Filler: The school year's prolonged fade into summer

Let's forget the quarter-days and field days and

Let's forget the quarter-days and field days and spirit days, and keep the educational pedal to the metal until school's out. (Credit: Tribune Media Services / M. Ryder)

Lane Filler

Portrait of Newsday editorial board member Lane Filler Lane Filler

Lane Filler is a member of the Newsday editorial board.

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Like lots of parents, my wife and I get thrown off annually by a cursory look at the district calendar in September that tells us the school year ends, in this case, on Friday, June 21. So many moms and dads think, "We really don't have to worry about camp madness, child-care madness, midnight bedtimes, the complete breakdown of our work schedules or satisfying a 24-hour a day Gatorade 'n' Nutella habit until Monday, June 24."

But then, early in June for organized parents and a bit later for the "less structured," the far more specific calendar of truth comes home to roost.

Last week, our daughter came home Monday and said, "My friends say we don't have school again until Thursday, and then we just have exams two hours a day."

"Oh, sweetie, they're probably just joking with you, like when they told you it was legal to kiss a boy you're not married to," my wife replied. "You have school until next Friday."

But when we huddled over the district website, checking first the summary calendar, then the school-specific calendar, then surfing over to the sixth-grade tab toward the "2012-2013 End-of-School-Year Calendar Schedule Appendix For Girls in Sixth-Grade on Team A Who Have No Siblings and Play a Stringed Instrument Other Than Harp" we discovered that strange and confusing times were again upon us.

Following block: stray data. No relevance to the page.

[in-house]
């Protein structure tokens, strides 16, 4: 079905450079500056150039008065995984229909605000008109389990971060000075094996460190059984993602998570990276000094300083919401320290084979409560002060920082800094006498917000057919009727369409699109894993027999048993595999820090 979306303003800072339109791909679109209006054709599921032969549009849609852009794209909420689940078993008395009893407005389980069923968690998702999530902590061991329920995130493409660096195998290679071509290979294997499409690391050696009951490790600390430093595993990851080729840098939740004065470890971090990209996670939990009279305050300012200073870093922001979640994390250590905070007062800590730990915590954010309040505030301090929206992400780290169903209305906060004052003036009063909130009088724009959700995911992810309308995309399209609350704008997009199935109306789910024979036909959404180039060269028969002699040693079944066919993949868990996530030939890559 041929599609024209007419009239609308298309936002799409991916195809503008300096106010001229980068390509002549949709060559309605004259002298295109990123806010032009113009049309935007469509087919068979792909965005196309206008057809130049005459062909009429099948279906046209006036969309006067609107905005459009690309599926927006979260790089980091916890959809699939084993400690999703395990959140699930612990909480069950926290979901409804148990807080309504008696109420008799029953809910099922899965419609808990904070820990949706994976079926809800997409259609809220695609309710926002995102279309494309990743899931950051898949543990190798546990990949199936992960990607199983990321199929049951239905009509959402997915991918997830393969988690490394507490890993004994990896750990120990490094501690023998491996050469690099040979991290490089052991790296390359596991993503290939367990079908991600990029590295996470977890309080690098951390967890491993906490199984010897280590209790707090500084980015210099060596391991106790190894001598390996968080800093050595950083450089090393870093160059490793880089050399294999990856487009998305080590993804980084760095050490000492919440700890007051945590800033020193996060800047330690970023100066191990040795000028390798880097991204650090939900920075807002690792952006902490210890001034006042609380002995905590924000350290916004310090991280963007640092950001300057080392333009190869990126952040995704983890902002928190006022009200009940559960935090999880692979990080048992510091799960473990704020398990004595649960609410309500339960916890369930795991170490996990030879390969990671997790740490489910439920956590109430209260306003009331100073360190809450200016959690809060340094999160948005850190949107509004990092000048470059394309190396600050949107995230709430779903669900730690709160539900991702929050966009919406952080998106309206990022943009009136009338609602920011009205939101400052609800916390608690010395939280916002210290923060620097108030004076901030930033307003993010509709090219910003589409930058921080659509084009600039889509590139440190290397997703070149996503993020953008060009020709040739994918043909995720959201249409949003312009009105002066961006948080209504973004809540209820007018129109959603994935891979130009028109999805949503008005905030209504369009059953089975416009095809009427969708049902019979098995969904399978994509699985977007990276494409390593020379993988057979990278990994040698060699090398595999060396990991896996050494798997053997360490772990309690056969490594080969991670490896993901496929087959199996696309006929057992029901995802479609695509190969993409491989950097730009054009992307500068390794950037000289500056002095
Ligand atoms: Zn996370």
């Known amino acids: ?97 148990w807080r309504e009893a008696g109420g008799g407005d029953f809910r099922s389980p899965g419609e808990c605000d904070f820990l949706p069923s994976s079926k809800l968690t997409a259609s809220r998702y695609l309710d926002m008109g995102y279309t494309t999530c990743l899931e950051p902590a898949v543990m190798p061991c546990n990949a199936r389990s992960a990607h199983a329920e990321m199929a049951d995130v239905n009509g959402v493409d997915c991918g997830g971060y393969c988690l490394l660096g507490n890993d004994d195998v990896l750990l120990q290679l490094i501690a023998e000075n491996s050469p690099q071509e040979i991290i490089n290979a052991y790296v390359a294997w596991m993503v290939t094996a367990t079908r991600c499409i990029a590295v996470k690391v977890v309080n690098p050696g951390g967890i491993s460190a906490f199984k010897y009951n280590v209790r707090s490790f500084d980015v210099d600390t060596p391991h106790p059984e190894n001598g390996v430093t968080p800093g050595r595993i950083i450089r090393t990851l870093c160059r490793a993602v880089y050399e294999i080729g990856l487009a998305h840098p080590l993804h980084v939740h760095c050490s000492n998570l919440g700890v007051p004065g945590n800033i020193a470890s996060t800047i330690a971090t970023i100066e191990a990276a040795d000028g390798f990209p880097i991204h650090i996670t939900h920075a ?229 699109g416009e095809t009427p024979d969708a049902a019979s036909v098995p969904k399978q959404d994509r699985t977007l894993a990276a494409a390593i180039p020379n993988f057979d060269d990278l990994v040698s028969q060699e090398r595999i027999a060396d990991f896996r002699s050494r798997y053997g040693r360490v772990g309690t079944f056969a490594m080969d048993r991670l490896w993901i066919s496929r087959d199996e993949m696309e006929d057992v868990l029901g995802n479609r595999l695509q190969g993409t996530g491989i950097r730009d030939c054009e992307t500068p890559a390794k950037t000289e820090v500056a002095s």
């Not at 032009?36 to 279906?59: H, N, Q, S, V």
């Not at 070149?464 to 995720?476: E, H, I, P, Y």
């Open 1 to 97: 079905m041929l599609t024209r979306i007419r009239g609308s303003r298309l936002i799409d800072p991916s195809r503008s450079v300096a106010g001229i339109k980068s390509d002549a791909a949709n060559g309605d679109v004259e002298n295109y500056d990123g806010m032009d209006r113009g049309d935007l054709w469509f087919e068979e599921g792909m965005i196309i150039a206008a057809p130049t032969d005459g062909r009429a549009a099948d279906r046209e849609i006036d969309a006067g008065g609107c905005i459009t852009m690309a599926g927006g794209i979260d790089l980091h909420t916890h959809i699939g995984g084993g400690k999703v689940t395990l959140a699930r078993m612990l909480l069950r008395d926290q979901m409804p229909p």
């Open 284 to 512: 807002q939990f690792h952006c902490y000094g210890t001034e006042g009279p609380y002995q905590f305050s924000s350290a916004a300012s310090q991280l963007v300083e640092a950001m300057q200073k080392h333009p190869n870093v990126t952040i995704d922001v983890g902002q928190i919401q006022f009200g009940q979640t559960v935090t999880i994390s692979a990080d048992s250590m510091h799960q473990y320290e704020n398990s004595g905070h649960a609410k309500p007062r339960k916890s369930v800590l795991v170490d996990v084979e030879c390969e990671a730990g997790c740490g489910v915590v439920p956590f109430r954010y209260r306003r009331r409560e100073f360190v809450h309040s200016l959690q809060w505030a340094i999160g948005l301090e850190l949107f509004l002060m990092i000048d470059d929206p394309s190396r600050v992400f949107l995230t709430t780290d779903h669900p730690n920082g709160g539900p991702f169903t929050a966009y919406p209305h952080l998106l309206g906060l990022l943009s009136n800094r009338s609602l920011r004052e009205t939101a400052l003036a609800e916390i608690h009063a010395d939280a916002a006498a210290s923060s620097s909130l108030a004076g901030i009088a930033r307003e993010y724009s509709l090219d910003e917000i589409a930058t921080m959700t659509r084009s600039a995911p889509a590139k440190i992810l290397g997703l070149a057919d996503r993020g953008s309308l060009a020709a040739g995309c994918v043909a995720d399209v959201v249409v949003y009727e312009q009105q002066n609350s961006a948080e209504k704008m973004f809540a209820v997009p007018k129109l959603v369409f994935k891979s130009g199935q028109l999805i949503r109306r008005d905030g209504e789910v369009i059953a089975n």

There are the school days on which there is no school. Worse, though, is the tangle of half-days, quarter-days, field days, fun days and professional development days.

After years of hearing the education establishment bemoan the fact that all schools have time to do any more is "teach to the test," I can't help thinking that having the kids actually attend school during the last two weeks of school would open some fresh opportunities to enrich and expand their young, fertile minds.

I called one of my best sources to talk about this, an educator who has been both a principal and superintendent on Long Island, but the most I could get out of him on this apparently very touchy topic was, "You are certainly not the first person to make this argument."

Now, I understand that school is not day care, although that's confused by the fact that we take our kids there daily and hope they'll be cared for. I also get that school schedules can't be entirely molded around the normal daily work lives of parents, and that teachers don't set these bizarre end-of-year calendars and often seem to find them as maniacal as students and parents do.

For us the worst came Tuesday. Misreading the color-coded chart made to guide us through this silly season, I left my daughter at what seemed like a very quiet school drop-off (it usually has a certain "LaGuardia, but with more traffic and security" feel) -- a stillness that was easily understood once we discovered, via telephone, that I had dropped her there two hours early.

A broad survey of district calendars indicates these past two weeks of faux school and bizarre scheduling are pretty much the Islandwide rule. Many cafeterias stopped serving lunch at the beginning of last week because that was the last time anyone was at school long enough to need nutrition.

I know development days and time to process exams and report cards are necessary, but if the report cards don't come for a few weeks and the professional development happens after the end of the "school year," that's fine, I think.

So let's forget the quarter-days and field days and spirit days, and keep the educational pedal to the metal until school's out. But if we can't add instruction, let's just keep the kids home and give them a head start on the 24-hour-a-day "Television, Texting and Tostitos" plan. It's not a good schedule, but at least it's one we can plan for.

Lane Filler is a member of the Newsday editorial board.